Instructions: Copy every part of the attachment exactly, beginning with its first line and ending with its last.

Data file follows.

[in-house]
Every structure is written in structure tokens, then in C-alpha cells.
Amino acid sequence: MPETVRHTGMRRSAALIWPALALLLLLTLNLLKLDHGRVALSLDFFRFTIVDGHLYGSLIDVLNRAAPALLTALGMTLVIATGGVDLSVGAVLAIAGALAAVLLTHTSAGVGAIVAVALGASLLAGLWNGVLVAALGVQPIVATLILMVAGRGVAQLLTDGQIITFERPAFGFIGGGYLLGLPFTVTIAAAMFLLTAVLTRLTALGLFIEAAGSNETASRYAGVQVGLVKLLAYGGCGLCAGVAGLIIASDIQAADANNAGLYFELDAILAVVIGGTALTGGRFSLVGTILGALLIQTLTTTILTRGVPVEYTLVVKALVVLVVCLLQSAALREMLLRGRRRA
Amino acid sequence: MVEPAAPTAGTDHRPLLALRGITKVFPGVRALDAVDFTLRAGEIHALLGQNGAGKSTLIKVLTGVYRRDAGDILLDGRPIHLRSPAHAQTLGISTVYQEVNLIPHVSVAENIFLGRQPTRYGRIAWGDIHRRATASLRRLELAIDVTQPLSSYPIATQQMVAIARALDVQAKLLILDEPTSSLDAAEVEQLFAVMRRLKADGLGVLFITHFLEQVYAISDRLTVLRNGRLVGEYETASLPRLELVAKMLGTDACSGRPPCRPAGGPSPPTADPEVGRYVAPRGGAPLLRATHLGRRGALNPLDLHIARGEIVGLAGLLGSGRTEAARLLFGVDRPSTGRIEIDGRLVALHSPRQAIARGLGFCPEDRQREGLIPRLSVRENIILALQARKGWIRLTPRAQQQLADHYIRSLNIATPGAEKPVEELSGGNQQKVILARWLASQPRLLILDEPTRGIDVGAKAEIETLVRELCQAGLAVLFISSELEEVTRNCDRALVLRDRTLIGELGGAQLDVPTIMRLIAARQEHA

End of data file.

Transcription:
[in-house]
Every structure is written in structure tokens, then in C-alpha cells.
Amino acid sequence: MPETVRHTGMRRSAALIWPALALLLLLTLNLLKLDHGRVALSLDFFRFTIVDGHLYGSLIDVLNRAAPALLTALGMTLVIATGGVDLSVGAVLAIAGALAAVLLTHTSAGVGAIVAVALGASLLAGLWNGVLVAALGVQPIVATLILMVAGRGVAQLLTDGQIITFERPAFGFIGGGYLLGLPFTVTIAAAMFLLTAVLTRLTALGLFIEAAGSNETASRYAGVQVGLVKLLAYGGCGLCAGVAGLIIASDIQAADANNAGLYFELDAILAVVIGGTALTGGRFSLVGTILGALLIQTLTTTILTRGVPVEYTLVVKALVVLVVCLLQSAALREMLLRGRRRA
Amino acid sequence: MVEPAAPTAGTDHRPLLALRGITKVFPGVRALDAVDFTLRAGEIHALLGQNGAGKSTLIKVLTGVYRRDAGDILLDGRPIHLRSPAHAQTLGISTVYQEVNLIPHVSVAENIFLGRQPTRYGRIAWGDIHRRATASLRRLELAIDVTQPLSSYPIATQQMVAIARALDVQAKLLILDEPTSSLDAAEVEQLFAVMRRLKADGLGVLFITHFLEQVYAISDRLTVLRNGRLVGEYETASLPRLELVAKMLGTDACSGRPPCRPAGGPSPPTADPEVGRYVAPRGGAPLLRATHLGRRGALNPLDLHIARGEIVGLAGLLGSGRTEAARLLFGVDRPSTGRIEIDGRLVALHSPRQAIARGLGFCPEDRQREGLIPRLSVRENIILALQARKGWIRLTPRAQQQLADHYIRSLNIATPGAEKPVEELSGGNQQKVILARWLASQPRLLILDEPTRGIDVGAKAEIETLVRELCQAGLAVLFISSELEEVTRNCDRALVLRDRTLIGELGGAQLDVPTIMRLIAARQEHA